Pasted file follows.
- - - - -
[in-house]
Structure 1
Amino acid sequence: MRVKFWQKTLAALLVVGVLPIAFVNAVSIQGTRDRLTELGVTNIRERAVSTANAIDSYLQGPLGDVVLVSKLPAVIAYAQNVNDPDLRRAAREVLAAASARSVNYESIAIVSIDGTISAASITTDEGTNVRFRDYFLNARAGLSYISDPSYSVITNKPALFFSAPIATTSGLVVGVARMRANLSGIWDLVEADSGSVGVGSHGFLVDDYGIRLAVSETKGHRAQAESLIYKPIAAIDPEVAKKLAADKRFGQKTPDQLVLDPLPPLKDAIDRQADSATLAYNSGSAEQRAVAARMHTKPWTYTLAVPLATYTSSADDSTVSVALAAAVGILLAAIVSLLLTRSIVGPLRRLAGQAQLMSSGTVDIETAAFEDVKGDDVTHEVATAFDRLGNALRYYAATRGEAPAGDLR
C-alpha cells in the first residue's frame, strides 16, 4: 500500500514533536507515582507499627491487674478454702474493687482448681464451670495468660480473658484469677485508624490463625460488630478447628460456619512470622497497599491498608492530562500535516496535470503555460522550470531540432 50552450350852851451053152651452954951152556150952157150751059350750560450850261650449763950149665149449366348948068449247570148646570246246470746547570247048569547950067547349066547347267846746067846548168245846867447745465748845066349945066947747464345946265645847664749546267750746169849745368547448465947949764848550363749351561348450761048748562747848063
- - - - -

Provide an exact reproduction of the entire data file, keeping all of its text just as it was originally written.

[in-house]
Structure 1
Amino acid sequence: MRVKFWQKTLAALLVVGVLPIAFVNAVSIQGTRDRLTELGVTNIRERAVSTANAIDSYLQGPLGDVVLVSKLPAVIAYAQNVNDPDLRRAAREVLAAASARSVNYESIAIVSIDGTISAASITTDEGTNVRFRDYFLNARAGLSYISDPSYSVITNKPALFFSAPIATTSGLVVGVARMRANLSGIWDLVEADSGSVGVGSHGFLVDDYGIRLAVSETKGHRAQAESLIYKPIAAIDPEVAKKLAADKRFGQKTPDQLVLDPLPPLKDAIDRQADSATLAYNSGSAEQRAVAARMHTKPWTYTLAVPLATYTSSADDSTVSVALAAAVGILLAAIVSLLLTRSIVGPLRRLAGQAQLMSSGTVDIETAAFEDVKGDDVTHEVATAFDRLGNALRYYAATRGEAPAGDLR
C-alpha cells in the first residue's frame, strides 16, 4: 500500500514533536507515582507499627491487674478454702474493687482448681464451670495468660480473658484469677485508624490463625460488630478447628460456619512470622497497599491498608492530562500535516496535470503555460522550470531540432 50552450350852851451053152651452954951152556150952157150751059350750560450850261650449763950149665149449366348948068449247570148646570246246470746547570247048569547950067547349066547347267846746067846548168245846867447745465748845066349945066947747464345946265645847664749546267750746169849745368547448465947949764848550363749351561348450761048748562747848063